The DSNLab has experienced a change in dynamics regarding lab personnel within the past two months. Recently, our two post-docs, Jorien and Tae-Ho, have made their grand departure. Dr. van Hoorn returns to the Netherlands as she continues her research there; Dr. Lee will be at Virginia Tech this fall, starting his first year as a professor. We wish you two the best of fortune, and you both will always be a part of the DSNLab family!
Goodbyes are permanent, and so a “See you later” suffices. Our lab manager, Susannah Ivory, is off to graduate school at Penn State University this fall, specializing in I/O Psychology. Her dedication to her work within the lab is both admirable and exemplary. See you soon, future Dr. Ivory! You will forever be a part of the DSNLab family!
Our beloved Carina is leaving us to go on to experience the grad-school life! To celebrate, we went to Top of the Hill Restaurant & Brewery. She will be attending Duke University this fall, specializing in clinical psychology. We will see you later, Dr. Fowler! You are forever a part of the DSNLab family!
Ayaon Yadav, a rising senior who attends Enloe High School in Raleigh, NC, is our new summer intern! Through Enloe Medical Bio-Science Academy (MBSA), an organization within Enloe High School that focuses on student career development, she will be spending the next nine weeks in our lab learning more about research and data entry; how to be independent; organizational skills; and becoming familiar with the research we do at the DSNLab. Welcome, Ayaon!
Graduate student Ethan McCormick joined the Brain and Development Research Center in Leiden, the Netherlands this summer to collaborate on his dissertation project with Drs. Eveline Crone and Sabine Peters. Ethans’ dissertation focuses on disentangling changes to neural systems that arise from experience and learning from those driven by changes in biological maturation.
Graduate student Michael Perino presented his poster “Trick or treat: Neural sensitivity to social risk in adolescents with severe conduct problems” at the Social and Affective Neuroscience Society 2018 Annual Meeting in Brooklyn.
Members of the DSNLab recently presented on exciting new research projects at the Society for Research on Adolescence biennial meeting in Minneapolis, MN. Below you will find a sampling of the posters and talks presented by our researchers.
Do, K.T., Guassi Moreira, J.F., van Hoorn, J., & Telzer, E.H. Taking risks to help others: An experimental study of “prosocial risk taking” in late adolescents.
Rogers, C. R., McCormick, E., Van Hoorn, J., & Telzer, E. H. Siblings and the teenage brain: Sibling closeness and birth order modulate adolescent neural activity during safe decision-making.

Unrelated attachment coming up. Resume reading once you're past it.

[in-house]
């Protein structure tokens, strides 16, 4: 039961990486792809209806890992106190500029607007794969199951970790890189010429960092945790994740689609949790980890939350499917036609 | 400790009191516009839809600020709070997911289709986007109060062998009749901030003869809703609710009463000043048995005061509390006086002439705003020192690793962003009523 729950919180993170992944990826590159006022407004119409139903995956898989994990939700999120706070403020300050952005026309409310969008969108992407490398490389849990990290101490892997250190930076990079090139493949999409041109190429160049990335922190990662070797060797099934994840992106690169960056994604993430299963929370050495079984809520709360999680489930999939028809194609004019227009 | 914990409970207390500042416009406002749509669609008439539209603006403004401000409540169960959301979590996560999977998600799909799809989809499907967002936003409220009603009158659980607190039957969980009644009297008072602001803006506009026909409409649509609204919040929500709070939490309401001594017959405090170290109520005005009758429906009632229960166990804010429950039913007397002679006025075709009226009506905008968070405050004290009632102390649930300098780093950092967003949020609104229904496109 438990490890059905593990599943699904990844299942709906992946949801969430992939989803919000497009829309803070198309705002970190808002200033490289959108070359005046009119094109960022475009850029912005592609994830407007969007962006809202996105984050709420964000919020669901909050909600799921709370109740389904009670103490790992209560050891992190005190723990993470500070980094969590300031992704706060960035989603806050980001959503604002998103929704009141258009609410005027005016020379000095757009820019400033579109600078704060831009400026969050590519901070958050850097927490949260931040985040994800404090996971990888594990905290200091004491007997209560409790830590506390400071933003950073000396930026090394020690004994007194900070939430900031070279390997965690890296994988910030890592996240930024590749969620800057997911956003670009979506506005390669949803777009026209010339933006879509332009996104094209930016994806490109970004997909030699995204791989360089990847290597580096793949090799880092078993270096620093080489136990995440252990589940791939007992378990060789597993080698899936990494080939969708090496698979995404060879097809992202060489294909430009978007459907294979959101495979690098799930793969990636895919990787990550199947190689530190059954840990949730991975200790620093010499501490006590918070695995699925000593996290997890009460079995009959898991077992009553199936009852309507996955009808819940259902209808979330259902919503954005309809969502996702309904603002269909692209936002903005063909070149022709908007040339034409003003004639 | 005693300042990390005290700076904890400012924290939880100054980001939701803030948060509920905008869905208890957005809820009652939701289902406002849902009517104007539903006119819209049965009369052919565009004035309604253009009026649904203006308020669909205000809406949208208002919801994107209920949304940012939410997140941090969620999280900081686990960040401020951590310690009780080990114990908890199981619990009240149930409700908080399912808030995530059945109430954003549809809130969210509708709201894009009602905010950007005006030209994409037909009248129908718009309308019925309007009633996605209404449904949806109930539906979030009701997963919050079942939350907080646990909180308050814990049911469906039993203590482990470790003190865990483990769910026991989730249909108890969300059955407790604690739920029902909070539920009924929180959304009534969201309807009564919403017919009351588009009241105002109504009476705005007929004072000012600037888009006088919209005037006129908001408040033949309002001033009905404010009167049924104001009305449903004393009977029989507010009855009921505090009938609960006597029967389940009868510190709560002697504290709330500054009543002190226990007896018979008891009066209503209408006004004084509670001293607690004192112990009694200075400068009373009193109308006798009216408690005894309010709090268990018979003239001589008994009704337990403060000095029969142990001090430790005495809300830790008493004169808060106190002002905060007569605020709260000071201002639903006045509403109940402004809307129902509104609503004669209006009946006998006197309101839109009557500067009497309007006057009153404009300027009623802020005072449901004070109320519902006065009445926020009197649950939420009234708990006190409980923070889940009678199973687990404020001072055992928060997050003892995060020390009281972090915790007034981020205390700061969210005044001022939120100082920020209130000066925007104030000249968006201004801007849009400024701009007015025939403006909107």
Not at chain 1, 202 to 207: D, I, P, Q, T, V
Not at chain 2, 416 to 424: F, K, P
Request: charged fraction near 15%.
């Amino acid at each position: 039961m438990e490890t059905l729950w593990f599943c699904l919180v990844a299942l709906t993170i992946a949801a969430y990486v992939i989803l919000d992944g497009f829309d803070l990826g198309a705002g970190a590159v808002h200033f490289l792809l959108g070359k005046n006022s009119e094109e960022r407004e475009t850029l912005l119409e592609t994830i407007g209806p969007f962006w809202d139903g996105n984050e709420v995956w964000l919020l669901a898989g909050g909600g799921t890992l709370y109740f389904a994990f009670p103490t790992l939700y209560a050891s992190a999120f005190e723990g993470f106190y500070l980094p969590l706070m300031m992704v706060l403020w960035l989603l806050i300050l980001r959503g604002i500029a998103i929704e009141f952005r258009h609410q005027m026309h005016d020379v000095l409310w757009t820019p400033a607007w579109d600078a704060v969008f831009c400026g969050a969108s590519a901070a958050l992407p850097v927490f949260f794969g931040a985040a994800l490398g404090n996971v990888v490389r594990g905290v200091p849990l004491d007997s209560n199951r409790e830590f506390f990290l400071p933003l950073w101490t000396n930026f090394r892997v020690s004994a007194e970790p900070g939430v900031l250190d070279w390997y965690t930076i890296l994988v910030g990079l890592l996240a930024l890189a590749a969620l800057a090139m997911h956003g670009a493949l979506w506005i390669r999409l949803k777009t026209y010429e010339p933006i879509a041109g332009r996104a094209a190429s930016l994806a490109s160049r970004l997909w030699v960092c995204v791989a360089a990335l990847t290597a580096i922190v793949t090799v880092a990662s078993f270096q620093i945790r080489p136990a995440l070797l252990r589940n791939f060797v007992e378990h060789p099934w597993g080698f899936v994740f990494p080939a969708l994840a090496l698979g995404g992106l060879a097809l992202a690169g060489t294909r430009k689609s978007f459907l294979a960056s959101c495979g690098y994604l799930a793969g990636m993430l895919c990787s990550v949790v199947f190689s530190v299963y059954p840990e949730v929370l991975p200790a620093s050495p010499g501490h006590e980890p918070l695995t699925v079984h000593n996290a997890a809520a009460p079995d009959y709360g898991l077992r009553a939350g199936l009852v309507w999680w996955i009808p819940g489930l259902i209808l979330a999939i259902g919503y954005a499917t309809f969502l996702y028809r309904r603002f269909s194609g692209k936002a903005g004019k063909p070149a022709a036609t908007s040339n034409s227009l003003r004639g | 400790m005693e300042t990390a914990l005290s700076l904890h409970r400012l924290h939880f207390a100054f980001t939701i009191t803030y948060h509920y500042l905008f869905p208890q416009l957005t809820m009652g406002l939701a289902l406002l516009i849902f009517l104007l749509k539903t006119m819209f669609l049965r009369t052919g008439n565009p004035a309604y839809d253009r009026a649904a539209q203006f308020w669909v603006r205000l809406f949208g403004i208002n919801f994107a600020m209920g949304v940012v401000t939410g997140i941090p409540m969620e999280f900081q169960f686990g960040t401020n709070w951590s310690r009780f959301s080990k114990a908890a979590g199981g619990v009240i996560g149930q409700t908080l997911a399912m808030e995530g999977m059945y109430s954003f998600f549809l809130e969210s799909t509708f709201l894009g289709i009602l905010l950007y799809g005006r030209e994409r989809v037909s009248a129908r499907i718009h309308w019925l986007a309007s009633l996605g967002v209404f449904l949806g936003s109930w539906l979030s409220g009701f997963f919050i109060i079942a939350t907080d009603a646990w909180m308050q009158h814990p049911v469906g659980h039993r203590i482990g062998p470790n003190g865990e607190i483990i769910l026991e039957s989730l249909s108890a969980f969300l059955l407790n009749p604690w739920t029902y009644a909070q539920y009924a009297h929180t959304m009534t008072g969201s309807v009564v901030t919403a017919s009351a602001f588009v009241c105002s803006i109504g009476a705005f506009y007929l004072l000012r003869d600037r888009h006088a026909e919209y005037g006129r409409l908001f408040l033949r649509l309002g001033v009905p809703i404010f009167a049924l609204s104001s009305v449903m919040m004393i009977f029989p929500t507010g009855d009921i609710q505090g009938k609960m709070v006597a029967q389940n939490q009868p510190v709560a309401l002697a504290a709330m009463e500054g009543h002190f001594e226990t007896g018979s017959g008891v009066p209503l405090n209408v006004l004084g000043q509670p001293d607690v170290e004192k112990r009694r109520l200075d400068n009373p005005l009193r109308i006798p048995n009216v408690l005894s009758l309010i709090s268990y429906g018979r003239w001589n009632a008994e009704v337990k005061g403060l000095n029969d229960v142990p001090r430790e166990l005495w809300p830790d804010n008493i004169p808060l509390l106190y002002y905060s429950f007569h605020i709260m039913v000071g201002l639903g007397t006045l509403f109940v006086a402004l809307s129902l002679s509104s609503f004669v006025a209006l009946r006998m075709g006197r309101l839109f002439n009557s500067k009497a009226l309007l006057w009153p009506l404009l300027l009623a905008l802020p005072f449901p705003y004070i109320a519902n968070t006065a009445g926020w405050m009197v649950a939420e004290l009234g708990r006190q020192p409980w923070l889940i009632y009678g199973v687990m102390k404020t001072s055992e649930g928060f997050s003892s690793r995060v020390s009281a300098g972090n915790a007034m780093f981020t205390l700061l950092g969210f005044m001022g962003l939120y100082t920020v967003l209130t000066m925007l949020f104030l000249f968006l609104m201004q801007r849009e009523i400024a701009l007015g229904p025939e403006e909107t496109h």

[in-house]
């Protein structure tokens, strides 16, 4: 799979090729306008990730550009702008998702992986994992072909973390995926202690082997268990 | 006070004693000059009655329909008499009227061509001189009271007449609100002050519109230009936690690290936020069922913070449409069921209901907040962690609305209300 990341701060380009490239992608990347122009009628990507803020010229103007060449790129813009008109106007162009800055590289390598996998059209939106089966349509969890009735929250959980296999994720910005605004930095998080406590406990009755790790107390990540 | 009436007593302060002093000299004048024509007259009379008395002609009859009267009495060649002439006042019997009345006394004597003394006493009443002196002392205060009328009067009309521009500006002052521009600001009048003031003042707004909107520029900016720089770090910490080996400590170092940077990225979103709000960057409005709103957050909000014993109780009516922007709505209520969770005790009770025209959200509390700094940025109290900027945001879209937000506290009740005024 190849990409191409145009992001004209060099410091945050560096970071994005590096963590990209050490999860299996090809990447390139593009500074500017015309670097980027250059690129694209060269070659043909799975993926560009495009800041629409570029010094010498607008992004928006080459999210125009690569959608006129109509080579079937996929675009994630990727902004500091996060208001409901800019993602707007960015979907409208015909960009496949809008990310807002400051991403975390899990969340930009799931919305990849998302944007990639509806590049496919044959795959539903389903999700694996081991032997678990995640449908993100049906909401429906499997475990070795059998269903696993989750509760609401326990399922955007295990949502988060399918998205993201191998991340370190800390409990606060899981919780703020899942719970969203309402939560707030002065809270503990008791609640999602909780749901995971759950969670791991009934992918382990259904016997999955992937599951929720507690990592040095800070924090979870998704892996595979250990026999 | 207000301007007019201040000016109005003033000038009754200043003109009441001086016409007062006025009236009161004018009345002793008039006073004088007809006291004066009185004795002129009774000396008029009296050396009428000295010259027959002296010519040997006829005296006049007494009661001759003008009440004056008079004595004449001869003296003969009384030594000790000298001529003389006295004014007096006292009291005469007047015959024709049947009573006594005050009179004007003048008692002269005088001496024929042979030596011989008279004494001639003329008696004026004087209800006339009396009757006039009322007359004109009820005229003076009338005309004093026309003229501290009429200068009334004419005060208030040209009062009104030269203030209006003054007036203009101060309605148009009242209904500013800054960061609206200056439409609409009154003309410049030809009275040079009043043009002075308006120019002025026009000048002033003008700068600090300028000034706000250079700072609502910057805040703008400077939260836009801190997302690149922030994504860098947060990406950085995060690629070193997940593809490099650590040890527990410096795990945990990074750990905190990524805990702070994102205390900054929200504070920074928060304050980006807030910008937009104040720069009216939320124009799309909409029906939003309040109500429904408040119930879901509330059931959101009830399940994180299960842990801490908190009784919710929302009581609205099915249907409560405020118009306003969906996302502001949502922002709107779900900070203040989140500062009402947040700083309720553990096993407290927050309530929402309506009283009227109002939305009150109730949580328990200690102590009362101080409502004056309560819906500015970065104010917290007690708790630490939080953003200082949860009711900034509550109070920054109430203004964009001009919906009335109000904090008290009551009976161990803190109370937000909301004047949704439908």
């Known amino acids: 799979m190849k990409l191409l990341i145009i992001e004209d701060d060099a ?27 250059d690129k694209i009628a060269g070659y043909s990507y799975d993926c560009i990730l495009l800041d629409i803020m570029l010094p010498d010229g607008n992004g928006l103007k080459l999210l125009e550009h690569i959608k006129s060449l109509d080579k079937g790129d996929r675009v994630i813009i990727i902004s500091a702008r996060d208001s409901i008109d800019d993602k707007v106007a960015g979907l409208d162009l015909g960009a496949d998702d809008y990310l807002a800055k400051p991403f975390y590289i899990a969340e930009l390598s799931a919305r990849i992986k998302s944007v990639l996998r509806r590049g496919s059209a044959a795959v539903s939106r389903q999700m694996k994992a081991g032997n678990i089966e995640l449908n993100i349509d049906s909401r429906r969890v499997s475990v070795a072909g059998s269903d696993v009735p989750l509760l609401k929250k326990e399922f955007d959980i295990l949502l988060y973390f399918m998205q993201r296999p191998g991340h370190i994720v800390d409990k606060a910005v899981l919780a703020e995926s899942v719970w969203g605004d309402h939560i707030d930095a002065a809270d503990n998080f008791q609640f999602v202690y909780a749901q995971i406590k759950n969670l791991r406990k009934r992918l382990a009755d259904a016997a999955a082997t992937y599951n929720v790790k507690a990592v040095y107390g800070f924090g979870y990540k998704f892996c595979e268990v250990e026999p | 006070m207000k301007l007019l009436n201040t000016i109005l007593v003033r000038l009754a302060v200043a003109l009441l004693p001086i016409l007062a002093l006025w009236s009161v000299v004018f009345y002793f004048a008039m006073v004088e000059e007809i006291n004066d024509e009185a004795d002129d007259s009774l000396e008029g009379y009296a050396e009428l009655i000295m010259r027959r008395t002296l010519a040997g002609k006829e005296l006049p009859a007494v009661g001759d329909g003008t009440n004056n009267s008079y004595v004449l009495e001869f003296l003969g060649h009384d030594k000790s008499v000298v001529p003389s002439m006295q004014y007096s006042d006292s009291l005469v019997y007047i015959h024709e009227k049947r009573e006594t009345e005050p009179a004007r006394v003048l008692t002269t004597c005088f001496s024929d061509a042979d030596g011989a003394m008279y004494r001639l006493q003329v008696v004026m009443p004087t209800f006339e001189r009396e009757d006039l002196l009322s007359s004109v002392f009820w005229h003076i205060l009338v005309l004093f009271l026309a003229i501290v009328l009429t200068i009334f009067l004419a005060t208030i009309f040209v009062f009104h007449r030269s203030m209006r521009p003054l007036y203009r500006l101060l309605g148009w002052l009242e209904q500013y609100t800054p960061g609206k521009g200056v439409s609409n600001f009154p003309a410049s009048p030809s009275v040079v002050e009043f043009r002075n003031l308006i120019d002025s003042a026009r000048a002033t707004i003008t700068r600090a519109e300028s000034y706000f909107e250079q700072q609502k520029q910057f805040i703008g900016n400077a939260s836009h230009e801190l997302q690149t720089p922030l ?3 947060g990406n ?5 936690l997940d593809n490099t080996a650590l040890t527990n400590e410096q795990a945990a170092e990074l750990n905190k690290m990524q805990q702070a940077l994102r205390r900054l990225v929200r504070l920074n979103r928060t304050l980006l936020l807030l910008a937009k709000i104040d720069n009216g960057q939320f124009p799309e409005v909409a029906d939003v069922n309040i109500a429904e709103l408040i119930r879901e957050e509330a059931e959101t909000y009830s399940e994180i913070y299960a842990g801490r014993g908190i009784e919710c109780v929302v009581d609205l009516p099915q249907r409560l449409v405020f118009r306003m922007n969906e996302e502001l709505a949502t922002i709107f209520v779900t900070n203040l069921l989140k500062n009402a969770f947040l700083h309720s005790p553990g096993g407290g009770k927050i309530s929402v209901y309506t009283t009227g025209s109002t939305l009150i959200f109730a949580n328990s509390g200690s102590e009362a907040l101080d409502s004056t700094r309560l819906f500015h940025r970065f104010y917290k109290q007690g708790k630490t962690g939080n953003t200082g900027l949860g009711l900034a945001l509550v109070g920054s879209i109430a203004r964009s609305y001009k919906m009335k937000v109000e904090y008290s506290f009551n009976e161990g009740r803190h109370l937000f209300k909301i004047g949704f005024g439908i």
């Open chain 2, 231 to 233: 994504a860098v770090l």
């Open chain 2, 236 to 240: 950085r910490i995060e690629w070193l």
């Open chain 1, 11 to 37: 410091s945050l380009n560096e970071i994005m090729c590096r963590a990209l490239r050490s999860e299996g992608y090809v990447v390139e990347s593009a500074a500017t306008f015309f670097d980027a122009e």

van Hoorn, J., McCormick, E., Rogers, C.R., Perino, M., & Telzer, E.H. Risk-taking behavior and peer effects in high-risk youth: A developmental neuroscience perspective.
Do, K.T., McCormick, E.M., & Telzer, E.H. Is blood thicker than water? How conflicting parent and peer attitudes influence the neural correlates of adolescent conformity.
Rogers, C. R., Perino, M., & Telzer, E. H. And again, mothers know best: Promoting adolescent inhibition in socially positive contexts.
On April 14, over 10,000 visitors packed Cameron Ave for the 2018 UNC Science Expo. The DSNLab booth was a big hit for the second year in a row. Visitors of all ages learned about the regions of the brain in our brain toss, raced to see who could build a brain the fastest, and played some of the games that we use in our MRI scans. Between the interesting science and the beautiful weather, we couldn’t have asked for a better day.
We are very excited to announce that three of our undergraduate research assistants have recently presented on their independent research projects!
Cassidy Fry traveled to The University of Central Oklahoma to present her research at the National Conference on Undergraduate Research. In her project, Cassidy investigated the role of sibling support as a buffer between family conflict and internalizing symptoms in adolescents. She has been working on this research as a part of the Carolina Sibling Study with her mentor, Dr. Christy Rogers, for over a year.
Additionally, two of our undergrad RAs presented at the UNC Celebration of Undergraduate Research. They both started these projects during the summer of 2017, and refined their ideas as a part of the 395 research course at UNC.
Melissa Burroughs investigated the relationship between daily peer exclusion, school functioning, and cortisol patterns in adolescents. Melissa was mentored on this project by postdoctoral fellow Dr. Jorien van Hoorn.
Charlie Wright examined the role of intimate self-disclosure as a central aspect of adolescent well-being. Graduate student Paul Sharp mentored Charlie as he has worked on this project.
We are very proud of our undergraduate RAs for exploring their own research questions in the lab. Way to go Cassidy, Charlie, and Melissa!
We are very excited to announce that Michael Perino has passed his dissertation defense! Michael’s dissertation is titled “A social neuroscience approach to understanding adolescent delinquency.” Huge congratulations to Michael! We all look forward to seeing the amazing work that you’ll do as Dr. Perino.